Congressional lawmakers said they were shocked and saddened by the "cowardly" shooting rampage at the service's Washington D.C. headquarters Monday.
"There is nothing more cowardly than targeting innocents, and we have full faith in military and law enforcement officials to bring the perpetrators to justice," House Armed Services Committee Chairman Rep. Buck McKeon (R-Calif.) said in a statement.
“This is one more event to add to the litany of massacres that occur when a deranged person or grievance killer is able to obtain multiple weapons ... and kill many people in a short amount of time," Senate Intelligence Chairwoman Dianne Feinstein (D-Calif.) said in a separate statement.
Twenty children and six school staff members were shot by 20-year old Adam Lanza at the school in Newtown, Conn., before he turned the gun on himself.
On Monday, thirteen people were killed and several more wounded when a gunman opened fire at the Navy's headquarters in Washington.
Police identified the shooting suspect as Aaron Alexis, 34, of Ft. Worth, Texas. He was among the 13 killed, according to D.C. police.
"Today’s horrendous act [was] made all the more terrible because it happened in a place and to people who serve our nation and work to protect us," Sen. Jay Rockefeller (D-W.Va.) said in a statement.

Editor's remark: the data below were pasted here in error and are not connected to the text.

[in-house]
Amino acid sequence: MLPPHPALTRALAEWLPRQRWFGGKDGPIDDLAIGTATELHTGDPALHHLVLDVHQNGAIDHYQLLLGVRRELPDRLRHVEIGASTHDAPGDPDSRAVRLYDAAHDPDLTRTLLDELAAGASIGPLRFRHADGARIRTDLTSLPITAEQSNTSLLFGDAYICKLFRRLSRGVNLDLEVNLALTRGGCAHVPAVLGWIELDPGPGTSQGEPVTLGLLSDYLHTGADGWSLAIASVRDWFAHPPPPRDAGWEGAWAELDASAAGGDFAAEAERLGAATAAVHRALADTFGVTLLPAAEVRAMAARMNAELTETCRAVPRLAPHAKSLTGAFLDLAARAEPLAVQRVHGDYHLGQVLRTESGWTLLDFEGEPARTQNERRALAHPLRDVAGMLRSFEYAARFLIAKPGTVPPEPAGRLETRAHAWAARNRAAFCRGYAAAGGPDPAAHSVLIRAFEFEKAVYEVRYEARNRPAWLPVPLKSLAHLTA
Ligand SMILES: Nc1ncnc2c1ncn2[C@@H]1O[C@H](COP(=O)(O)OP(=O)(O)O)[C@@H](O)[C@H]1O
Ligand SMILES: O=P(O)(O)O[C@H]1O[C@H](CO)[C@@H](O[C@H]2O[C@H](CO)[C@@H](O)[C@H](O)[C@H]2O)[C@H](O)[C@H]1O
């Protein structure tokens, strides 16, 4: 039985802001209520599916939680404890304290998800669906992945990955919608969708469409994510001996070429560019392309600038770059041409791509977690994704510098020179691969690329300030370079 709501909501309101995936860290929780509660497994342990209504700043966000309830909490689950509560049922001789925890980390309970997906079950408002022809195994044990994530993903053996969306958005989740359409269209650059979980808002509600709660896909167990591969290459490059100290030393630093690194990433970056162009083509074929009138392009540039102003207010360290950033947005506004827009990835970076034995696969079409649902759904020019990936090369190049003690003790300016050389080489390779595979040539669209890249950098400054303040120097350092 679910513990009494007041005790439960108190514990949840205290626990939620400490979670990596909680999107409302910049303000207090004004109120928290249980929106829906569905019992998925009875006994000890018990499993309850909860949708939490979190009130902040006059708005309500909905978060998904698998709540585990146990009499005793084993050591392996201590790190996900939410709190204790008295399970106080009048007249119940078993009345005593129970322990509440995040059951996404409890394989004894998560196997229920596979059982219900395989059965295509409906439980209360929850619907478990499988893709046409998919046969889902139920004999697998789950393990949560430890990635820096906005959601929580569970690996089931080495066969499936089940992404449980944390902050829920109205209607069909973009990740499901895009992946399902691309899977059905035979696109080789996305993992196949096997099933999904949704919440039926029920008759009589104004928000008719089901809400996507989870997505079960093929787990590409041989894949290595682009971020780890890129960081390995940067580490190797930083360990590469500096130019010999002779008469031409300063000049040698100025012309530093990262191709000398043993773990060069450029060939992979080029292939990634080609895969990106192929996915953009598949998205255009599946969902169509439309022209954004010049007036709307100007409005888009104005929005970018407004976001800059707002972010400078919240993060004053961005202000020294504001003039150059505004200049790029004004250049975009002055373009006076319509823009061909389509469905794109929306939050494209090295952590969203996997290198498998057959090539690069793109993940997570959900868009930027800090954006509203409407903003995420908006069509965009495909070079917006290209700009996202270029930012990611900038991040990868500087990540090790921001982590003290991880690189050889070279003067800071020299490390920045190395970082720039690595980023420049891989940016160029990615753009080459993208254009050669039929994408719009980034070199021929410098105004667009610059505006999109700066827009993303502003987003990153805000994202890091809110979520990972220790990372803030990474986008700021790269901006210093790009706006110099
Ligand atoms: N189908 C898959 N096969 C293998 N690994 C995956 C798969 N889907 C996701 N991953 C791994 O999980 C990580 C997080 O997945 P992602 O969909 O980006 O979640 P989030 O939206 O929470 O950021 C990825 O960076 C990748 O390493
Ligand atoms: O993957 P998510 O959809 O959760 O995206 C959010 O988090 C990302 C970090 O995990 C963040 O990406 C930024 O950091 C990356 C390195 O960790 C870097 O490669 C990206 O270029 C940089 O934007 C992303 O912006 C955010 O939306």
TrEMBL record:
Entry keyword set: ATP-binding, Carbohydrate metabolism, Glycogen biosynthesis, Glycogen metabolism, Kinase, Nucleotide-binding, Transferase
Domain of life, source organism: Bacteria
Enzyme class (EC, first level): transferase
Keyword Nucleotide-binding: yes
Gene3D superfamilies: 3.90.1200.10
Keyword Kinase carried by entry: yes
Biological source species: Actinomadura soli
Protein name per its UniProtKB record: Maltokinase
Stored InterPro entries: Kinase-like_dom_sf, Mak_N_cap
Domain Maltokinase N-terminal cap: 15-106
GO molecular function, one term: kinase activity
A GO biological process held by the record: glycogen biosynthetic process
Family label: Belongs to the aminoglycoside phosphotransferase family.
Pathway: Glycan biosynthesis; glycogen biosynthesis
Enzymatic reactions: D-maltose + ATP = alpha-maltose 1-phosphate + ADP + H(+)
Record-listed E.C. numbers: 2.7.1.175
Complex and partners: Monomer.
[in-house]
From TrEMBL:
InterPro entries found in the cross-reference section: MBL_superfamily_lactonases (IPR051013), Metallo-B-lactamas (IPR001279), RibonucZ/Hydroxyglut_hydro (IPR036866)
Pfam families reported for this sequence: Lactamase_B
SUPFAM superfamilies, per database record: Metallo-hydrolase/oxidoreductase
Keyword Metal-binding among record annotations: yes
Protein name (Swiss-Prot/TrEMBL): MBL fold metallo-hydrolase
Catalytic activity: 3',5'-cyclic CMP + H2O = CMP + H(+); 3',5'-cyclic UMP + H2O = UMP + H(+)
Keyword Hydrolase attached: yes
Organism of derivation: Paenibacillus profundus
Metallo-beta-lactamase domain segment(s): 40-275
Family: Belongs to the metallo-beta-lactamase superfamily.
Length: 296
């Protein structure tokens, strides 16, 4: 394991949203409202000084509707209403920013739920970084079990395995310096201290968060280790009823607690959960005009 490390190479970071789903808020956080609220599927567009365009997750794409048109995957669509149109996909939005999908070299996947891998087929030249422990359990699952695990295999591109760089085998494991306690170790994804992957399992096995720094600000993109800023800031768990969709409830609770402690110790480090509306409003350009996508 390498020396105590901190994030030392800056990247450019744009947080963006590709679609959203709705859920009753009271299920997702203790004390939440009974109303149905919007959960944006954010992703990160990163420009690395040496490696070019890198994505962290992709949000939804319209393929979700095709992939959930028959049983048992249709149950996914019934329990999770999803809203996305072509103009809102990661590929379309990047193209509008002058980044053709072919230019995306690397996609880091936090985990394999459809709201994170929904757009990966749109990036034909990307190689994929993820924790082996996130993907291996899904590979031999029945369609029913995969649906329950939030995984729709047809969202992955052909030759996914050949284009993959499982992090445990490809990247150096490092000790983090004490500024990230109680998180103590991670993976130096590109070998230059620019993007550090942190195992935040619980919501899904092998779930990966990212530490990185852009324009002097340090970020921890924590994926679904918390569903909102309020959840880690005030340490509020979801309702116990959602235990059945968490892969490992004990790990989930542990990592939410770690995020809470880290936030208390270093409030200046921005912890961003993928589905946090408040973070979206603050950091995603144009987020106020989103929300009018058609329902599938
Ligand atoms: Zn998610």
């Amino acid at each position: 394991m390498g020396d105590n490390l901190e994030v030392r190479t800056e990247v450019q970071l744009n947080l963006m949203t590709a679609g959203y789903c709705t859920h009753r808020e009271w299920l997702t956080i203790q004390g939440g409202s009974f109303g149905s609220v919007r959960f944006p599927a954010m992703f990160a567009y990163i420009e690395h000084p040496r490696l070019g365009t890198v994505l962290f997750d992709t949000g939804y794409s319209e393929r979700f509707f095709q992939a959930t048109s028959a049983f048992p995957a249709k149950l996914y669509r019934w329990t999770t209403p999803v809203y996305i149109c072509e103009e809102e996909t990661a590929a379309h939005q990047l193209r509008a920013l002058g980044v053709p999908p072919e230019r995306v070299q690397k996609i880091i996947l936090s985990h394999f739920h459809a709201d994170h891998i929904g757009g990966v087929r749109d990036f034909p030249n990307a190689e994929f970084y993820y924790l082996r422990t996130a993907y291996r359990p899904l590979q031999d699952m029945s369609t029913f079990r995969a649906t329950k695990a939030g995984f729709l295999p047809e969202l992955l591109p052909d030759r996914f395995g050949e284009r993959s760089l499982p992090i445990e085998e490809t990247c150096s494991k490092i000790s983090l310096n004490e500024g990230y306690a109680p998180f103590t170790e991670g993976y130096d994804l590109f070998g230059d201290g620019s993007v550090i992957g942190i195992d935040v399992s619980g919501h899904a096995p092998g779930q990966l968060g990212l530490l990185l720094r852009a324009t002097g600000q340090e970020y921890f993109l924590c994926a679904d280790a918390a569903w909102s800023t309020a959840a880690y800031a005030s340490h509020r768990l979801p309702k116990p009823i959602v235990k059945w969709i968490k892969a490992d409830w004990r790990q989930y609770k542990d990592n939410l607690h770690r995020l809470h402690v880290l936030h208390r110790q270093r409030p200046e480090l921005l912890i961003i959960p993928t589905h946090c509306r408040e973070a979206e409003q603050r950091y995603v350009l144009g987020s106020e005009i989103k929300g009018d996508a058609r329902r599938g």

Law enforcement are still looking for a second suspect Monday evening. At least one police officer was among the dozen wounded.
Alexis was identified as a former sailor who enlisted in the Navy in 2007 and served until 2011, according to biographical information released by the Navy. He reached the rank of petty officer 3rd class.
"Unfortunately, this is not the first time we've seen such a tragedy befall the patriotic personnel working at a U.S. military installation," McKeon said in the joint statement with panel ranking member Rep. Adam Smith (D-Wash.).
Former Army Maj. Nidal Hasan was sentenced to life in prison in August for killing 13 soldiers and wounding 32 in a mass shooting in 2009 at Ft. Hood, Texas.
Feinstein said both incidents show the need for gun control reform.
“Congress must stop shirking its responsibility and resume a thoughtful debate on gun violence in this country. We must do more to stop this endless loss of life," the California Democrat said.
Rockefeller (D-W.Va.), also a senior member of the Senate intelligence committee, echoed Feinstein's comments.
“We are becoming far too familiar with senseless, tragic violence ... and these repeated incidents demand our attention," he said.